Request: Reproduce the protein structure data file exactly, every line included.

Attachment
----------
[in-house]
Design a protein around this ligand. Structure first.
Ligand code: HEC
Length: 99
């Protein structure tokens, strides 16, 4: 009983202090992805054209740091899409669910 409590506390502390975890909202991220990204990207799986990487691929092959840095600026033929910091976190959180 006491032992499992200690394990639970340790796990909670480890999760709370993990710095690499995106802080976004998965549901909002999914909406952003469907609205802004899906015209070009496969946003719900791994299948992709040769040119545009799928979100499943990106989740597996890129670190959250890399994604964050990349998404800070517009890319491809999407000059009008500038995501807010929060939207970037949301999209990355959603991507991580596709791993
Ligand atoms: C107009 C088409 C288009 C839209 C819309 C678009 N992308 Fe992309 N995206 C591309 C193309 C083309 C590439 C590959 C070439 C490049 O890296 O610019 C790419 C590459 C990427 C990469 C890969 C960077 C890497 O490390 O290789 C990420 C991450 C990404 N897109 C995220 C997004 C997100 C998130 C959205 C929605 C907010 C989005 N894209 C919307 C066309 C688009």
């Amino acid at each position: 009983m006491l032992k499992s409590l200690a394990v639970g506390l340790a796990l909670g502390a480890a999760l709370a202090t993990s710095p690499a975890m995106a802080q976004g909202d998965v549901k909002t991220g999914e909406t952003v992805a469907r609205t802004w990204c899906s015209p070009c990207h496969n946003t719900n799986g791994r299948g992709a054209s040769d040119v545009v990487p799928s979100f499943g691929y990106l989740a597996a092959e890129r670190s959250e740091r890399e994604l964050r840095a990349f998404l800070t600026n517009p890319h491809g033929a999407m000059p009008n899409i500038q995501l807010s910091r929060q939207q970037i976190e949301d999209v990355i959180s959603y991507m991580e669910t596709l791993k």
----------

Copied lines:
[in-house]
Design a protein around this ligand. Structure first.
Ligand code: HEC
Length: 99
């Protein structure tokens, strides 16, 4: 009983202090992805054209740091899409669910 409590506390502390975890909202991220990204990207799986990487691929092959840095600026033929910091976190959180 006491032992499992200690394990639970340790796990909670480890999760709370993990710095690499995106802080976004998965549901909002999914909406952003469907609205802004899906015209070009496969946003719900791994299948992709040769040119545009799928979100499943990106989740597996890129670190959250890399994604964050990349998404800070517009890319491809999407000059009008500038995501807010929060939207970037949301999209990355959603991507991580596709791993
Ligand atoms: C107009 C088409 C288009 C839209 C819309 C678009 N992308 Fe992309 N995206 C591309 C193309 C083309 C590439 C590959 C070439 C490049 O890296 O610019 C790419 C590459 C990427 C990469 C890969 C960077 C890497 O490390 O290789 C990420 C991450 C990404 N897109 C995220 C997004 C997100 C998130 C959205 C929605 C907010 C989005 N894209 C919307 C066309 C688009």
């Amino acid at each position: 009983m006491l032992k499992s409590l200690a394990v639970g506390l340790a796990l909670g502390a480890a999760l709370a202090t993990s710095p690499a975890m995106a802080q976004g909202d998965v549901k909002t991220g999914e909406t952003v992805a469907r609205t802004w990204c899906s015209p070009c990207h496969n946003t719900n799986g791994r299948g992709a054209s040769d040119v545009v990487p799928s979100f499943g691929y990106l989740a597996a092959e890129r670190s959250e740091r890399e994604l964050r840095a990349f998404l800070t600026n517009p890319h491809g033929a999407m000059p009008n899409i500038q995501l807010s910091r929060q939207q970037i976190e949301d999209v990355i959180s959603y991507m991580e669910t596709l791993k």